Line 430 “should be noted”
Line 431 “should be noted”
Line 460 “should be noted”
Line 470 “should be noted”
Line 506 “should be noted”
Line 556 “should be considered”
Line 639 “To interact with the manufacturer web service the parts supplier may have to” (describes an example)
Line 644 “it may be much more efficient” (describes an example)
Line 645 “especially when more than two tokens are required”
Line 778 “Typically tokens allow the use of wsu:Id so this element isn't required”
Line 846 “i.e. it may be encrypted for the server”
Line 874 “in some scenarios the key(s) resulting from a token request are not directly returned and must be computed”
Line 947 “In the example above, the recipient may place” (describes an example)
Line 954 “no new proof-of-possession token is required” (describes an example)
Line 1180 “should be noted”
Line 1246 “should be noted”
Line 1357 “should be noted”
Line 1489 “should be noted”
Line 1519 “For example, a <wsp:Policy> element may be used”
Line 1527 “should be noted”
Line 1627 “should be noted”
Line 1673 “and contains a random challenge that the requestor must sign” (describes an example)
Line 1799 “a token should be issued” (describes an example)
Line 1818 “should be noted”
Line 1835 “it may be desired”
Line 1916 “In some cases the service may support” (usage synonymous with might)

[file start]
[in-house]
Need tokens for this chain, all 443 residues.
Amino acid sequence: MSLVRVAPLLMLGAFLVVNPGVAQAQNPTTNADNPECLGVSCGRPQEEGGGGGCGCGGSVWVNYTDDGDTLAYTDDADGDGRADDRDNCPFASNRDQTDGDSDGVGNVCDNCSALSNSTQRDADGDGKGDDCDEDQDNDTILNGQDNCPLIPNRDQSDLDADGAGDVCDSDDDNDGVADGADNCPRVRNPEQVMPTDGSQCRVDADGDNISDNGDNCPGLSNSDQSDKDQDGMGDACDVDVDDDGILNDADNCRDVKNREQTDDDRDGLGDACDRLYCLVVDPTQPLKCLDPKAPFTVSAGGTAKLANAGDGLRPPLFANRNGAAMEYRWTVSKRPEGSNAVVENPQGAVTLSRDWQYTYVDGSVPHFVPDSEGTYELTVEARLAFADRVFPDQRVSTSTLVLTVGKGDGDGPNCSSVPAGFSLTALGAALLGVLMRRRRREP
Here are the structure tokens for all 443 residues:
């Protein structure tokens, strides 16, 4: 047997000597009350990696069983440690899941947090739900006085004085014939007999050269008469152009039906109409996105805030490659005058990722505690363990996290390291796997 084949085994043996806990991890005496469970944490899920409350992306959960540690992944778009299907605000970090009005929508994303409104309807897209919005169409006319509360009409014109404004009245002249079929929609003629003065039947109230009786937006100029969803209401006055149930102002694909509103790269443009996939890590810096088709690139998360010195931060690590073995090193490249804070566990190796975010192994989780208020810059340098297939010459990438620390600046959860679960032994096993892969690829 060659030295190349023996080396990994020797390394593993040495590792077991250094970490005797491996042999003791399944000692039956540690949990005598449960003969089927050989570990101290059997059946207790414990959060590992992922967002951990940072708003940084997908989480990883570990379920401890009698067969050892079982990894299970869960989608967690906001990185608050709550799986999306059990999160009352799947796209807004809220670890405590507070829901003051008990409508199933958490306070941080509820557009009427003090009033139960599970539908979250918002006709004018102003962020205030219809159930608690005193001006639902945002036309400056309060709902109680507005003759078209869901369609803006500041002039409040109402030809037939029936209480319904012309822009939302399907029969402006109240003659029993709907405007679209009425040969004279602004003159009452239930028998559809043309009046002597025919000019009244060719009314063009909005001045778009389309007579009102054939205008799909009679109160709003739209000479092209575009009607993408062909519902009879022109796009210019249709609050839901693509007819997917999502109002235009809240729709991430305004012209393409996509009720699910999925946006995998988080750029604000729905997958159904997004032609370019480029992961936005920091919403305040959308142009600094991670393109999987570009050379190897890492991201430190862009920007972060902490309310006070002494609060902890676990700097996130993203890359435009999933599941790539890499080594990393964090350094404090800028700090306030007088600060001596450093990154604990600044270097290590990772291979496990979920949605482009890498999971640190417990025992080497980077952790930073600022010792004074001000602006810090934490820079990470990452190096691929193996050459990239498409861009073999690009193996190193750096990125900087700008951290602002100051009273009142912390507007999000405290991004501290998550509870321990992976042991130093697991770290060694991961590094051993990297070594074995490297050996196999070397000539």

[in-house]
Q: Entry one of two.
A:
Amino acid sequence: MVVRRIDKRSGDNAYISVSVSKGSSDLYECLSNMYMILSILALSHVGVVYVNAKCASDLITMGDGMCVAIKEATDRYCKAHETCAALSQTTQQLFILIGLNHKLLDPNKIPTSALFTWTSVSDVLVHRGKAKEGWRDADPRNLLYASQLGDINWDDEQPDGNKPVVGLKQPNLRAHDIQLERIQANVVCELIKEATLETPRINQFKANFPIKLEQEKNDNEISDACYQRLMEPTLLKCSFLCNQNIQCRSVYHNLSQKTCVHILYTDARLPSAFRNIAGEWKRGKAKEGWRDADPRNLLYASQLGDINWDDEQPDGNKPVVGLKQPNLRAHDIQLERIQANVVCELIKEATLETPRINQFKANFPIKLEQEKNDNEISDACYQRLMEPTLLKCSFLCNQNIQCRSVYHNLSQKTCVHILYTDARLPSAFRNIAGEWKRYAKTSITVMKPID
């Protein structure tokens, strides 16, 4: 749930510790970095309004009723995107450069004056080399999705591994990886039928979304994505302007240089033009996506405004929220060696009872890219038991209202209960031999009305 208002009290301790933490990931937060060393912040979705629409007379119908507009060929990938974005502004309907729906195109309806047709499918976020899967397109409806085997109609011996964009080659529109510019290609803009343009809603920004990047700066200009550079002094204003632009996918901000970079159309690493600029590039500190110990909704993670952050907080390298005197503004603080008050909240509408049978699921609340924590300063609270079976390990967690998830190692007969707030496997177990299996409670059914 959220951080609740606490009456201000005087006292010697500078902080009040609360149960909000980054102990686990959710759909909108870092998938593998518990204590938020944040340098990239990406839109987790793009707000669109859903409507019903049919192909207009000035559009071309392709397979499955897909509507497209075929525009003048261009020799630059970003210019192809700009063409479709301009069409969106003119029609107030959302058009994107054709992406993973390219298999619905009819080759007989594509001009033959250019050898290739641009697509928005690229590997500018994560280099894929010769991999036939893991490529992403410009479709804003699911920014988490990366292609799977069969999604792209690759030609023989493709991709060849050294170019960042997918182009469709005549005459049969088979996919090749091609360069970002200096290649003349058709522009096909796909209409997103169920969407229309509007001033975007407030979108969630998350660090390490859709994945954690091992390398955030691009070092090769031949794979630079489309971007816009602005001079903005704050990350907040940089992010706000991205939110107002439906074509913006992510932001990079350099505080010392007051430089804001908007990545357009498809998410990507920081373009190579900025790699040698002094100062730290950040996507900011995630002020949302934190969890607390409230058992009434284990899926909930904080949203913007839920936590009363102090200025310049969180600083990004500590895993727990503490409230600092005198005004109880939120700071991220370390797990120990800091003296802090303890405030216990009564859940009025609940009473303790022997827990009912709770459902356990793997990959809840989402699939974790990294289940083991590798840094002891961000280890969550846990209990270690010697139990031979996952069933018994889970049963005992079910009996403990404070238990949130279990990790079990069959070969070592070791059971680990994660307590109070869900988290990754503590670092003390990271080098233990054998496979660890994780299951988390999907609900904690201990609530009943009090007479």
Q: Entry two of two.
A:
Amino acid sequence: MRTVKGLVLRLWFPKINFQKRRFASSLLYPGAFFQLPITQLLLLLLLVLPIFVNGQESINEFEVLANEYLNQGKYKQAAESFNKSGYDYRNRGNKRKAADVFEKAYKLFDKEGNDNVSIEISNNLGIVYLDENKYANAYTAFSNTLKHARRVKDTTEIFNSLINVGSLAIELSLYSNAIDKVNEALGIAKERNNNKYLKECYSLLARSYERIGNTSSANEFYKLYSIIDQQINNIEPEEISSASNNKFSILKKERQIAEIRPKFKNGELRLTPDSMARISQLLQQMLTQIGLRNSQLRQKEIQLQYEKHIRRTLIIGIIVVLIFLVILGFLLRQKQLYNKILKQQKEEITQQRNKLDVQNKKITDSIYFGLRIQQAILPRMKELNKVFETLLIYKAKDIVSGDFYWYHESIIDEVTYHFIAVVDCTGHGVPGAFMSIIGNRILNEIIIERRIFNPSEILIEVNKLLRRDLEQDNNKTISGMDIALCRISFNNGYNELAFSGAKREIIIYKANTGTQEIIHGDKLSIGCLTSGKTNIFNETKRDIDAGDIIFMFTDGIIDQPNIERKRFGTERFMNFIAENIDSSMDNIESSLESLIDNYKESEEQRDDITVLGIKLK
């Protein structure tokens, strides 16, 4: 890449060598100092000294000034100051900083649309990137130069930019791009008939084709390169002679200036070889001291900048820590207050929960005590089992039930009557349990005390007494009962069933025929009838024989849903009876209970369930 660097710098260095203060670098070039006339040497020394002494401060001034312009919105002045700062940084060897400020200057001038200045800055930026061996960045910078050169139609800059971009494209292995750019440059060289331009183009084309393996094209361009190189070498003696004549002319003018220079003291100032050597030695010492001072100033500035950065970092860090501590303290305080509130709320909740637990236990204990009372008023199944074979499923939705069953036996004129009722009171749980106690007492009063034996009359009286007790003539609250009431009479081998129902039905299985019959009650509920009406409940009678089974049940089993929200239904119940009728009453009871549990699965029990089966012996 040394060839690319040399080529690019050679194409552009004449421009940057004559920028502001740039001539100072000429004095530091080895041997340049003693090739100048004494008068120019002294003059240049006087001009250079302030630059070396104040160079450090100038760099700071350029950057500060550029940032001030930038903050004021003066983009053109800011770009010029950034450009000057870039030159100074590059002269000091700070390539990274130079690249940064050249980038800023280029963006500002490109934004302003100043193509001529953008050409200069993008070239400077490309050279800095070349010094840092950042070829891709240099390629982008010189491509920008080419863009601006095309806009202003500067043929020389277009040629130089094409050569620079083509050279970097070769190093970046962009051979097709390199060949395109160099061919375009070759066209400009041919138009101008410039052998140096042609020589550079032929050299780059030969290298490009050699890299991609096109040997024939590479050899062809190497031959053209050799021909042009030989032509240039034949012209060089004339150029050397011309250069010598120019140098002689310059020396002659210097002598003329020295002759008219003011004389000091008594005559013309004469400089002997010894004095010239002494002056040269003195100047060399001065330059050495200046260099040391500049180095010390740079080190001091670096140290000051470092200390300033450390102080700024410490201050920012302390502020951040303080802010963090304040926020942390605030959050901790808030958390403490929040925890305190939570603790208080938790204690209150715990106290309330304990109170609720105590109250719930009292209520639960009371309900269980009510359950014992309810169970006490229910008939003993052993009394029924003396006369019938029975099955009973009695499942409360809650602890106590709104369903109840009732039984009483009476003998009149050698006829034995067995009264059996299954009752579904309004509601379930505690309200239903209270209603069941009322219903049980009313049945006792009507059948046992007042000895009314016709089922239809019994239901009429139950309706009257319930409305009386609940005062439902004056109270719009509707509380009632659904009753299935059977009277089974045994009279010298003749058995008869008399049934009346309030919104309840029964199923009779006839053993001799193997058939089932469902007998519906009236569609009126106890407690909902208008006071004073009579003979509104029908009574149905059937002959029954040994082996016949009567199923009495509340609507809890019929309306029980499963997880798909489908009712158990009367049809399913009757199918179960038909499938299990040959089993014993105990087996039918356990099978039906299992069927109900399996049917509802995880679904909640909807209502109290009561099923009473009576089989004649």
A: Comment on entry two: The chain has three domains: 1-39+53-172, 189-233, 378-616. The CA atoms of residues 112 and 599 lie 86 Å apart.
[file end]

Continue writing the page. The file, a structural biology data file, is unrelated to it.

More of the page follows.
Line 1918 “It should be noted that the issuer's policy indicates if input values must be adhered to and faults generated for invalid inputs, or…”
Line 1950 “For example, this might be used to indicate which of the four U.S. government authentication levels is required”
Line 1955 “should be noted”
Line 1958 “indicates the size of the key required specified in number of bits”
Line 2072 “The token should be signed using…” “The proof should be encrypted…” (describes an example)
Line 2206 “should be noted”
Line 2257 “Care should be taken”
Line 2300 “should be noted” “should be careful”
Line 2365 “Care must be taken”
Line 2369 “should only be considered”
Line 2492 “For example, a requestor may”
Line 2559 “there may be a desire”
Line 2628 “Of course, a freshly generated public key must still be authenticated”
Line 2634 “Care should be taken”

All un-capitalized terms in section 12 are English and properly not capped, no change

Schema exemplar description changes
Many issues with OPTIONAL and REQUIRED in the schema exemplar descriptions. These are straightforward and I recommend that if the above is acceptable that the editors simply produce a redline version for review.